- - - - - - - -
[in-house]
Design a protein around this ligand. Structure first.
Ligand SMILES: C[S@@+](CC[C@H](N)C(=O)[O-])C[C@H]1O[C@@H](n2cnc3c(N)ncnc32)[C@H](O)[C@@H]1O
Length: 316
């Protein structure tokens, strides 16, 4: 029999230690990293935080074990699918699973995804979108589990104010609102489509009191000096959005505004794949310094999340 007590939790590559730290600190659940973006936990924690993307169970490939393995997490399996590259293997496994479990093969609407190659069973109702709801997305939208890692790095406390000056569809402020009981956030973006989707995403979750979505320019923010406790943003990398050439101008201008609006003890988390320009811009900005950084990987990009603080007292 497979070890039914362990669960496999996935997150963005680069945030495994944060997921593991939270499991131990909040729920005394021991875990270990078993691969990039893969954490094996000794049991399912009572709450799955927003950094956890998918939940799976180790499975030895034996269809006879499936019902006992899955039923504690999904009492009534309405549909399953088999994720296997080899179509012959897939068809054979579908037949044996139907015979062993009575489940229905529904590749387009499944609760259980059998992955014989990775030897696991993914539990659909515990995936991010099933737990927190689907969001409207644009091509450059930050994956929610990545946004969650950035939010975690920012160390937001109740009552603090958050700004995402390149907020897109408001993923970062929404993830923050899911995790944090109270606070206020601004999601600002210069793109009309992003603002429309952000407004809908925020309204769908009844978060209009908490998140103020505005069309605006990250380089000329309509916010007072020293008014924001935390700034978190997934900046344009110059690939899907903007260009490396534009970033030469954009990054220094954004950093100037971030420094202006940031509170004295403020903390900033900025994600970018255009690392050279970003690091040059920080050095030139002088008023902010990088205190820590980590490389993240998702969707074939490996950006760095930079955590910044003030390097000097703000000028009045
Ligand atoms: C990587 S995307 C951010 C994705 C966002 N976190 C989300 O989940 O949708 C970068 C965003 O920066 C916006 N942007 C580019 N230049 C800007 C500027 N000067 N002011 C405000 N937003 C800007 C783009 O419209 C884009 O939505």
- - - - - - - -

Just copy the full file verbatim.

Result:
[in-house]
Design a protein around this ligand. Structure first.
Ligand SMILES: C[S@@+](CC[C@H](N)C(=O)[O-])C[C@H]1O[C@@H](n2cnc3c(N)ncnc32)[C@H](O)[C@@H]1O
Length: 316
């Protein structure tokens, strides 16, 4: 029999230690990293935080074990699918699973995804979108589990104010609102489509009191000096959005505004794949310094999340 007590939790590559730290600190659940973006936990924690993307169970490939393995997490399996590259293997496994479990093969609407190659069973109702709801997305939208890692790095406390000056569809402020009981956030973006989707995403979750979505320019923010406790943003990398050439101008201008609006003890988390320009811009900005950084990987990009603080007292 497979070890039914362990669960496999996935997150963005680069945030495994944060997921593991939270499991131990909040729920005394021991875990270990078993691969990039893969954490094996000794049991399912009572709450799955927003950094956890998918939940799976180790499975030895034996269809006879499936019902006992899955039923504690999904009492009534309405549909399953088999994720296997080899179509012959897939068809054979579908037949044996139907015979062993009575489940229905529904590749387009499944609760259980059998992955014989990775030897696991993914539990659909515990995936991010099933737990927190689907969001409207644009091509450059930050994956929610990545946004969650950035939010975690920012160390937001109740009552603090958050700004995402390149907020897109408001993923970062929404993830923050899911995790944090109270606070206020601004999601600002210069793109009309992003603002429309952000407004809908925020309204769908009844978060209009908490998140103020505005069309605006990250380089000329309509916010007072020293008014924001935390700034978190997934900046344009110059690939899907903007260009490396534009970033030469954009990054220094954004950093100037971030420094202006940031509170004295403020903390900033900025994600970018255009690392050279970003690091040059920080050095030139002088008023902010990088205190820590980590490389993240998702969707074939490996950006760095930079955590910044003030390097000097703000000028009045
Ligand atoms: C990587 S995307 C951010 C994705 C966002 N976190 C989300 O989940 O949708 C970068 C965003 O920066 C916006 N942007 C580019 N230049 C800007 C500027 N000067 N002011 C405000 N937003 C800007 C783009 O419209 C884009 O939505």